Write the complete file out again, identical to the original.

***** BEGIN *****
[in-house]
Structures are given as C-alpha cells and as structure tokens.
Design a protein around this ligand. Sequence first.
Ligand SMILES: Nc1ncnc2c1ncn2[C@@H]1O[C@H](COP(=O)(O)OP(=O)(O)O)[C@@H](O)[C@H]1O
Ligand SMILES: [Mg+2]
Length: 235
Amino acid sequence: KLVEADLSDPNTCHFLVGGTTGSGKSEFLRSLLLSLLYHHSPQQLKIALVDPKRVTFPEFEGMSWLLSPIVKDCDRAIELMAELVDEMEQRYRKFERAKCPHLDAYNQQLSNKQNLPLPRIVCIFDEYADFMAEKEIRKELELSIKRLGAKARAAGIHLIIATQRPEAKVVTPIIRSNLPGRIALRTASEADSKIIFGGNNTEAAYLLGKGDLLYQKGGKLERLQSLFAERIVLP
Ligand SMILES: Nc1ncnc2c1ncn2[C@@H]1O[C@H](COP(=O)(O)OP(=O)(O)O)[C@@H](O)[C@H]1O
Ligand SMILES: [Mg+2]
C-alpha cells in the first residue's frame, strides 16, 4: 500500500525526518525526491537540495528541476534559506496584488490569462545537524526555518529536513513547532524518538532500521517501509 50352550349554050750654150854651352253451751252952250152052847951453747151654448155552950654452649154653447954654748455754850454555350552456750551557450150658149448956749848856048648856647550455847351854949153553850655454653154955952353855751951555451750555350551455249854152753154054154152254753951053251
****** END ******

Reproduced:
[in-house]
Structures are given as C-alpha cells and as structure tokens.
Design a protein around this ligand. Sequence first.
Ligand SMILES: Nc1ncnc2c1ncn2[C@@H]1O[C@H](COP(=O)(O)OP(=O)(O)O)[C@@H](O)[C@H]1O
Ligand SMILES: [Mg+2]
Length: 235
Amino acid sequence: KLVEADLSDPNTCHFLVGGTTGSGKSEFLRSLLLSLLYHHSPQQLKIALVDPKRVTFPEFEGMSWLLSPIVKDCDRAIELMAELVDEMEQRYRKFERAKCPHLDAYNQQLSNKQNLPLPRIVCIFDEYADFMAEKEIRKELELSIKRLGAKARAAGIHLIIATQRPEAKVVTPIIRSNLPGRIALRTASEADSKIIFGGNNTEAAYLLGKGDLLYQKGGKLERLQSLFAERIVLP
Ligand SMILES: Nc1ncnc2c1ncn2[C@@H]1O[C@H](COP(=O)(O)OP(=O)(O)O)[C@@H](O)[C@H]1O
Ligand SMILES: [Mg+2]
C-alpha cells in the first residue's frame, strides 16, 4: 500500500525526518525526491537540495528541476534559506496584488490569462545537524526555518529536513513547532524518538532500521517501509 50352550349554050750654150854651352253451751252952250152052847951453747151654448155552950654452649154653447954654748455754850454555350552456750551557450150658149448956749848856048648856647550455847351854949153553850655454653154955952353855751951555451750555350551455249854152753154054154152254753951053251